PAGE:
contracted with Merrill Lynch Professional Clearing
Corporation (“Merrill Lynch”) to establish a
joint back office operation. This allowed VTrader to pool
capital in a non-segregated environment, meaning that profits
and losses of individual member traders were netted against
one another. VTrader had Class A and Class B members. Texas
Capital Management (“TCM”) became a Class B
member in 2006. TCM was formed and controlled by Michael
DeNio. TCM had its own members, including the Urquharts, who
each opened individual sub-accounts with TCM in 2007. Jason
was designated as the trader on both accounts, and the two
were considered a single trading unit. The amounts in the
Urquharts' and VTraders' accounts fluctuated.
According to the Urquharts, in 2011, their accounts grew to
over $4 million. VTrader allowed the Urquharts to withdraw
$900, 000 from their accounts between January and April 2011.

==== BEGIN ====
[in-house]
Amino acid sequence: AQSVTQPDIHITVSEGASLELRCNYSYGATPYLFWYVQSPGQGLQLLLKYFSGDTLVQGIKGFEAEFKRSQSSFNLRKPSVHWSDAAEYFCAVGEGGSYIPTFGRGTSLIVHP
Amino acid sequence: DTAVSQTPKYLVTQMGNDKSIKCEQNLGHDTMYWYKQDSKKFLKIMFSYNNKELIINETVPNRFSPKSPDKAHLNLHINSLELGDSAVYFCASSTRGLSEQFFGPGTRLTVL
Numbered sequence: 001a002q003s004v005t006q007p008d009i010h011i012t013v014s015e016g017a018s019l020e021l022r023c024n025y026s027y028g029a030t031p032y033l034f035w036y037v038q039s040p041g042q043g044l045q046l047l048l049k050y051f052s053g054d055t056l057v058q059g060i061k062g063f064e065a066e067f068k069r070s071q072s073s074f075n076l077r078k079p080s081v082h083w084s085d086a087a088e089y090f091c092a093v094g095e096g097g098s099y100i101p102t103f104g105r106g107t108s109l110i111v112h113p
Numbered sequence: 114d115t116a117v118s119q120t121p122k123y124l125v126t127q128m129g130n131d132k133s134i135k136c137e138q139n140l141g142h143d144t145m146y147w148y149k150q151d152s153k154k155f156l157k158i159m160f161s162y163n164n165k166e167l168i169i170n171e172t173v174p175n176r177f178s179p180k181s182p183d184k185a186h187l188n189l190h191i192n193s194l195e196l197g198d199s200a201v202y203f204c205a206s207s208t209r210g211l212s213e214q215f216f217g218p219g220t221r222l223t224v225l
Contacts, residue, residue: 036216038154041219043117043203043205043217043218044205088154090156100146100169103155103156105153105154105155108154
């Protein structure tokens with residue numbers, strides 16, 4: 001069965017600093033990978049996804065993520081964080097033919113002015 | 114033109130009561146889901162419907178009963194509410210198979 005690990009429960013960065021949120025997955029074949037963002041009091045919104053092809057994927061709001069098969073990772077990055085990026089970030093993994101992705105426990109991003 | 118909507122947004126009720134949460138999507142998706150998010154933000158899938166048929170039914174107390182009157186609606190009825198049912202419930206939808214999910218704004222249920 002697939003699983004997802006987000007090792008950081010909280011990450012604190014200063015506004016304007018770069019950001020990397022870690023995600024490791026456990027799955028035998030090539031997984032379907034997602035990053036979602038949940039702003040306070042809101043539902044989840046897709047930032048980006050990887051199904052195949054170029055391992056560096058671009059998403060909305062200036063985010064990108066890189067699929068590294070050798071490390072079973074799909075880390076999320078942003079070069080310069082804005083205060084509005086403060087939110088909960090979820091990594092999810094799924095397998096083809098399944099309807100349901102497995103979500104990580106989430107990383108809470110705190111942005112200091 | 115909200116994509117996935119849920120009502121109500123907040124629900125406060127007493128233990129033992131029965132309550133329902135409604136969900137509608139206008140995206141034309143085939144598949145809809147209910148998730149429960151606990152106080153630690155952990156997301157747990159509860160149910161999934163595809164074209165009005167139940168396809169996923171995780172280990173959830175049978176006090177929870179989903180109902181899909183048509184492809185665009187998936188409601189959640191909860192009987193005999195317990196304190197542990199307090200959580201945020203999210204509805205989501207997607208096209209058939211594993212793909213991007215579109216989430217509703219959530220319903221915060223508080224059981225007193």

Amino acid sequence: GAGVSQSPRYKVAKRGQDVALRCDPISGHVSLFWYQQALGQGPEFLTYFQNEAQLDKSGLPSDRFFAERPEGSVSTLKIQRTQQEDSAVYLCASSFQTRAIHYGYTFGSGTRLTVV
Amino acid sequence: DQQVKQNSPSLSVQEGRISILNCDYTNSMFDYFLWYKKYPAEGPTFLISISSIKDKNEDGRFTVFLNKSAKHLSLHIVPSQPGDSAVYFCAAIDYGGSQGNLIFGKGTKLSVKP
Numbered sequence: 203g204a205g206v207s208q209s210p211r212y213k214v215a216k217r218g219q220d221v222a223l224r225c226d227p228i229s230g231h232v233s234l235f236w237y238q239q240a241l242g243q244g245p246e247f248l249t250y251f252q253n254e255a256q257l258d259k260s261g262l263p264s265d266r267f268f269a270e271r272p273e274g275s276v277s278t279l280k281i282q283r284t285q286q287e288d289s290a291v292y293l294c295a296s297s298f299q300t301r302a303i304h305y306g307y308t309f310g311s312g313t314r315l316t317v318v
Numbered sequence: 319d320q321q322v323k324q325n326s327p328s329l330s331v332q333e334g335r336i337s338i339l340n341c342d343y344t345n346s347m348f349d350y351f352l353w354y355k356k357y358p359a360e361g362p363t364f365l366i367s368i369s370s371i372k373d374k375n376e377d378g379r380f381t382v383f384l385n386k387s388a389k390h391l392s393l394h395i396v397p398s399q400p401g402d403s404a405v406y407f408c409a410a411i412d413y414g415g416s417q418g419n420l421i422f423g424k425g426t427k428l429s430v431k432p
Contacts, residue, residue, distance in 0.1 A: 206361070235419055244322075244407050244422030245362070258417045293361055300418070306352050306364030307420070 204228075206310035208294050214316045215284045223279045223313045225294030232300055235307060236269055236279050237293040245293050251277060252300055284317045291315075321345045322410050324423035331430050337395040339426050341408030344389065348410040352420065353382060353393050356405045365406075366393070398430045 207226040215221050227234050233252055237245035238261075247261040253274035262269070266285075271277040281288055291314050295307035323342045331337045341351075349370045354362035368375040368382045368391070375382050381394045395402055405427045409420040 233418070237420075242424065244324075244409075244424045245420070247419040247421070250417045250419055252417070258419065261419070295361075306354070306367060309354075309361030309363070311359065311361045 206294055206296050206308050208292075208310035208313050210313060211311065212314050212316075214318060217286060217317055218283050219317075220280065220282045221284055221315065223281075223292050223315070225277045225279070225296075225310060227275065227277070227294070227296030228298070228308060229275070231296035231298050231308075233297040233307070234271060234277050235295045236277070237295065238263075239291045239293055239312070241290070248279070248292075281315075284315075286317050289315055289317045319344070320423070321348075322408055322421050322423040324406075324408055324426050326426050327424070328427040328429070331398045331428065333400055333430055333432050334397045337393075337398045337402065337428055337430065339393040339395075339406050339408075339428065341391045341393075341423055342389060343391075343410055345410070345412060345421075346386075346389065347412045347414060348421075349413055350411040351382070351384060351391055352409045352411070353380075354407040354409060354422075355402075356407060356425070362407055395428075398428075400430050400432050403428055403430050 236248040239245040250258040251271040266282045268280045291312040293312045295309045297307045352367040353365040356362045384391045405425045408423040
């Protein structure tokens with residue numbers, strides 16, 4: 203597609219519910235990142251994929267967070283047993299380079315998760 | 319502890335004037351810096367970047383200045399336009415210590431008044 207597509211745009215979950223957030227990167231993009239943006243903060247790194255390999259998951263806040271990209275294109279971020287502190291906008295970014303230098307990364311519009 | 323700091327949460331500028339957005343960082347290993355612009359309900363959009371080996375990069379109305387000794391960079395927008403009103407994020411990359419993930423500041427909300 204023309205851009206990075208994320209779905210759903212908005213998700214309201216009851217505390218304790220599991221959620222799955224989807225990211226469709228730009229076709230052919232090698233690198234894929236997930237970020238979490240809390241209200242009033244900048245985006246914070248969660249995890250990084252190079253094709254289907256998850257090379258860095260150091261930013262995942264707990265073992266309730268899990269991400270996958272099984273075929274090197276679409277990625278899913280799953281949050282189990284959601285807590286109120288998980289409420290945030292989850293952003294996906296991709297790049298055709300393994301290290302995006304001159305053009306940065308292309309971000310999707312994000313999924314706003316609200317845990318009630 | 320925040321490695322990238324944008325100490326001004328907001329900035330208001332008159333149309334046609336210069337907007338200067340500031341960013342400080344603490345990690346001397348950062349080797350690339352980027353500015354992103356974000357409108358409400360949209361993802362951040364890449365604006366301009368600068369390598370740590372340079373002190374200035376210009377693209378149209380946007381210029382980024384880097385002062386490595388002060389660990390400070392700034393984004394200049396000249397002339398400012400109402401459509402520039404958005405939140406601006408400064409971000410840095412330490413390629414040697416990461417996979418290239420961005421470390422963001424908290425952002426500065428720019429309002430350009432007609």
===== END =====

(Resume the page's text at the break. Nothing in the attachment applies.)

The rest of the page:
After this, however, the Urquharts were not able to withdraw
any additional amounts. Instead, in September 2011, VTrader
liquidated all positions, including those held by the
Urquharts, to address shortages in other VTrader accounts.
about October 31, 2012, the Urquharts filed a statement of
claim against Kurlan, VTrader, and Merrill Lynch demanding
arbitration, alleging negligent misrepresentation, fraudulent
inducement and concealment, unjust enrichment, promissory
estoppel, breach of fiduciary duty and good faith and fair
dealing, and violations of industry rules and
regulations.The Urquharts claimed, among other things,
that Kurlan and VTrader made material misrepresentations to
induce the Urquharts to continue trading, all the while